If you’ve been to Macau before then you might have already ticked these places to visit in Macau off your list. Uncover the enchanting tales of Macao’s past in Our Lady of Fatima Parish, which is one of eight intriguing self-guided walking trails of Macao’s tourist spots. Download the Step Out Macao app and explore this culturally-diverse Macao neighbourhood with its engrossing East-meets-West history.
Macao has something for everyone. Whether you want to taste Macao’s unique food or see Macao’s lovely architecture, Macao will satisfy your appetite – both literally and figuratively.
Laneways, squares, buildings and restaurants will take you to Portugal, Mainland China and somewhere in between. But dig beneath the intoxicating tableaux of sights, sounds and smells by exploring the backstreets of Our Lady of Fatima Parish on foot and you will find a history that is packed with intrigue, mystery and even a gruesome underbelly that tells the unedited story of this relatively undiscovered land.
Our Lady of Fatima Parish
Arch of the Border Gate history
Our Lady of Fatima Parish is in the northern part of the Macao Peninsula and a great place to start a tour of this seemingly quaint neighbourhood is the Arch of the Border Gate.
Sharing a land border with Mainland China, this was the sole route between the two in days gone by.
In 1574, during the Ming Dynasty, a Chinese gate tower was built by the provincial administration, becoming an official checkpoint with soldiers restricting entry to China by Westerners.
Updated to a European-style border gate in 1871 (which unfortunately saw the Chinese gate tower demolished by the Portuguese army), this area is also the scene of one of the most gruesome incidents in Macao’s history.
Introducing Gov. Joao Maria Ferreira do Amaral
Gov. Joao Maria Ferreira do Amaral was the 79th governor of the Portuguese colony from April 1846 until August 1849. And by many (but not all) accounts, he was considered by many of the Chinese as a tyrant, thanks to policies designed to solidify Portugal’s colonial authority over Macao.
However, in 1849 it would seem that Amaral overstepped his authority when, among other things, he expelled Chinese customs officials from Macao. Incensed, the Chinese authorities put a bounty on Amaral’s head which proved to be irresistible for some and fatal for Amaral.
On August 22, 1849, Amaral was attacked at the border gate by Shen Zhiliang and seven other men. They knocked him off his horse and set about claiming their bounty by removing the governor’s head and his only remaining arm.
A statue was erected on Macau’s Praia Grande in remembrance of Amaral, but such was the governor’s legacy when Macau was returned to Chinese control, the statue was removed and sent back to Portugal where it still stands.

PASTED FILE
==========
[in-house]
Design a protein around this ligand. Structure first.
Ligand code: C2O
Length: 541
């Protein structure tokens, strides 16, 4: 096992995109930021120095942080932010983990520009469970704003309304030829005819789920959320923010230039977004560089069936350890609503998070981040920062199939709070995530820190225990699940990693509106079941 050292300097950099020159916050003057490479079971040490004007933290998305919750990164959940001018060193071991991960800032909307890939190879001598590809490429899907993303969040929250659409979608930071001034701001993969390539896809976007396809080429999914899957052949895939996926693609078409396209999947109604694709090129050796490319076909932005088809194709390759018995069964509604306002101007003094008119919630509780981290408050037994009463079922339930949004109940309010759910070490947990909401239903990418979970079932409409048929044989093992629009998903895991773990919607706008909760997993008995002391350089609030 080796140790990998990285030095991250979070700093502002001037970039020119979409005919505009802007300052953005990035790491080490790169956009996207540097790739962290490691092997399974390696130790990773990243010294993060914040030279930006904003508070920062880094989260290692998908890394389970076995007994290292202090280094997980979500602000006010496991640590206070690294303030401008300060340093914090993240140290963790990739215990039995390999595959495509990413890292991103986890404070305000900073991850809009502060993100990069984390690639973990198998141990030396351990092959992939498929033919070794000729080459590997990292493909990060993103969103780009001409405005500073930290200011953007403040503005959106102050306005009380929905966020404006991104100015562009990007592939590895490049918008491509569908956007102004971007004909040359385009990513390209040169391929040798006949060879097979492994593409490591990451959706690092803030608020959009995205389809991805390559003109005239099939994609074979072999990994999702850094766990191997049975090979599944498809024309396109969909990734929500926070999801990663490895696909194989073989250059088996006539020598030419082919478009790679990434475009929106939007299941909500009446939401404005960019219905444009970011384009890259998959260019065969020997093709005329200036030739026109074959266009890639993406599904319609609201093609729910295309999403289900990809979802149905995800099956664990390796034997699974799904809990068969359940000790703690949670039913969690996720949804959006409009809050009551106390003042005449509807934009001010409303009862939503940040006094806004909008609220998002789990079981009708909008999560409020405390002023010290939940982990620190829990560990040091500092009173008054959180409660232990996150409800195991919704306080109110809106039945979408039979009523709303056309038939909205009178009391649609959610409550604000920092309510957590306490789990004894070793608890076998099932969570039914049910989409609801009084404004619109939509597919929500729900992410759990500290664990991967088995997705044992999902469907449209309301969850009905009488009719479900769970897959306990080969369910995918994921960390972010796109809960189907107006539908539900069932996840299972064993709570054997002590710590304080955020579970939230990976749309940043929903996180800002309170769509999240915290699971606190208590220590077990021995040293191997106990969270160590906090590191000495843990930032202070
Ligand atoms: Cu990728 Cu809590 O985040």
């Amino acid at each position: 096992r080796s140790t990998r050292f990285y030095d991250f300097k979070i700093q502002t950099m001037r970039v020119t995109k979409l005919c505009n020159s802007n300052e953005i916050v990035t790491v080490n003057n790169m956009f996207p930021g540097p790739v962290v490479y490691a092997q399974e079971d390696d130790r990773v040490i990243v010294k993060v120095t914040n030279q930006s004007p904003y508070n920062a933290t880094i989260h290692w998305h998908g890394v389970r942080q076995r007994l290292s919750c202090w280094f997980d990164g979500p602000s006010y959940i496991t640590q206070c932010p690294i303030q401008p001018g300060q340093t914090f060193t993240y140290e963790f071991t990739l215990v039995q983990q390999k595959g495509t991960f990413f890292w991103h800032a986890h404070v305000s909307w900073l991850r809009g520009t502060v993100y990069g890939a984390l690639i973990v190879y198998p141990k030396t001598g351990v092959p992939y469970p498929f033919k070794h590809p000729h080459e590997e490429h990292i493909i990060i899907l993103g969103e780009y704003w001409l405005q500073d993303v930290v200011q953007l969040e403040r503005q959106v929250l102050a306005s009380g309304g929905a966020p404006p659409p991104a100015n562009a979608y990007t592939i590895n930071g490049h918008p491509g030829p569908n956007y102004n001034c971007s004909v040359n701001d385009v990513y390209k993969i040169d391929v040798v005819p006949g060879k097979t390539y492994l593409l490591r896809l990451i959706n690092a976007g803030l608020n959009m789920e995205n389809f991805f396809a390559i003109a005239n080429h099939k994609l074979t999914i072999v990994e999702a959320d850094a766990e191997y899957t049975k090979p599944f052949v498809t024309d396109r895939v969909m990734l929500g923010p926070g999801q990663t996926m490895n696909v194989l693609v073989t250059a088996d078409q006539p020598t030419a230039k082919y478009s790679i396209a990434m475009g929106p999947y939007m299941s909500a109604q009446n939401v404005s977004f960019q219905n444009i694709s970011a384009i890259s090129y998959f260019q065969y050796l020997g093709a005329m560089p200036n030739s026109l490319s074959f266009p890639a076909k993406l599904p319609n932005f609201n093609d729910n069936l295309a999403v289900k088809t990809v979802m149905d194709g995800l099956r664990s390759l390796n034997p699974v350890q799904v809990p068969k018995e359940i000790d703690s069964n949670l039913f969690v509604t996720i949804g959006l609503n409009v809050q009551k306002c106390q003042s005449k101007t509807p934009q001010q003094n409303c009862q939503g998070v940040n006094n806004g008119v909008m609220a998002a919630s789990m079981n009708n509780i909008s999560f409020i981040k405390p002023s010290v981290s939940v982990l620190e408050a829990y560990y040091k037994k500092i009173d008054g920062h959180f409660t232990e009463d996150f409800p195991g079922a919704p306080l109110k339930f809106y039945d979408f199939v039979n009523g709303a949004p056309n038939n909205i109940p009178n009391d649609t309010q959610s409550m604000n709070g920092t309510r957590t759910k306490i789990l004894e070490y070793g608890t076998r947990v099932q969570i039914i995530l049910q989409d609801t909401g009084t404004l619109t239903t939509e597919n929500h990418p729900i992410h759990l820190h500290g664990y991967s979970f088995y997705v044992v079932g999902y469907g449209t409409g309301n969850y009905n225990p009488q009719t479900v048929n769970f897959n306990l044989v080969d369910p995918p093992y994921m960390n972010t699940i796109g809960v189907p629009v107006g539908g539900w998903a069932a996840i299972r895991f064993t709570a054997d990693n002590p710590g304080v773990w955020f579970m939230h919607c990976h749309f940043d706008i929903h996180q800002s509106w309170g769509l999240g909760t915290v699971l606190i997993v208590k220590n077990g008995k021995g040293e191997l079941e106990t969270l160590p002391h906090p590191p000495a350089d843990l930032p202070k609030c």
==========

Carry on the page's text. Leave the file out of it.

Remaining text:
Lin Zexu Memorial Museum of Macau
With this gruesome incident behind you, continue walking south to Areia Preta Triangle Garden.
Popular with locals, who gather throughout the day to socialise, it is a good place to rest and people watch as life in Macao carries on in its own unique way.
Nearby is Avenida de Arthur Tamagnini Barbosa where you will find at least a dozen restaurants (and another dozen or more nearby) offering all kinds of local specialties.
Suitably satisfied, head to Lin Fong Temple. Right next to the park, this Buddhist temple dates back to 1592 and is the resting place for visiting Mandarins, the most famous of whom was Commissioner Lin Zexu.
Appointed to abolish the opium trade, Lin is particularly well known for confiscating and destroying 20,000 chests of opium in the region.
Lin was so revered that a permanent memorial – the Lin Zexu Memorial Museum of Macau – was built next to the temple. A visit gives more information about Lin’s life as well as a look at Macao’s more recent history.
A few minutes down the road is Ox Warehouse, a former cattle depot-turned art gallery.
The warehouse is temporarily closed as it is currently undergoing renovations, but be sure to take a look as you walk by on your way to Kun Iam Ancient Temple and Temple of City God, which is a very short walk down Avenida do Cel. Mesquita.
Kun Iam Ancient Temple
Kun Iam Ancient Temple was originally built at the south of Mong Há Hill, but it was considered too small and so was rebuilt 1867.
Known in Macao as Little Kun Iam Temple (there is a larger temple called Kun Iam Tong in Coloane), it is one of the five temples built during the Ming Dynasty and, as the name suggests, honours Kun Iam, the Goddess of Mercy.
Next to Kun Iam Ancient Temple is the Temple of City God. Chenghuangshen, literally the God of the Moat and Walls, is said to protect the people within.
This is the only temple dedicated to the God in Macao and so is an important place for those who wish to safeguard Macao from harm.
Mong Ha Fort
One last stop in Our Lady of Fatima Parish brings us full circle and back to the unfortunate Governor Ferreira do Amaral.
Less than a 10-minute walk from Kun Iam Temple and strategically located on Mong Há Hill is Mong-Há Fort.
Founded by the aforementioned Governor Ferreira do Amaral (while he still had his head) to protect Macao’s northern sector against a possible Chinese invasion following the First Opium War between Britain and China, construction began in 1849 (a full seven years after the conclusion of that war and not finished until more than a decade later).
Today, the fort is a park (it was transformed in 1997 into Mong Há Hill Municipal Park) and the barracks are now the Institute for Tourism Studies (be sure to visit the IFT’s educational restaurant; it is very good).
With beautiful views, the park is a great place for a leisurely stroll around the old Fortress.
Planning a trip to Macao? Here are some resources to help you with your planning.
Macao things to do
Macao food and wine
Find out more about Macao on the Visit Macao website.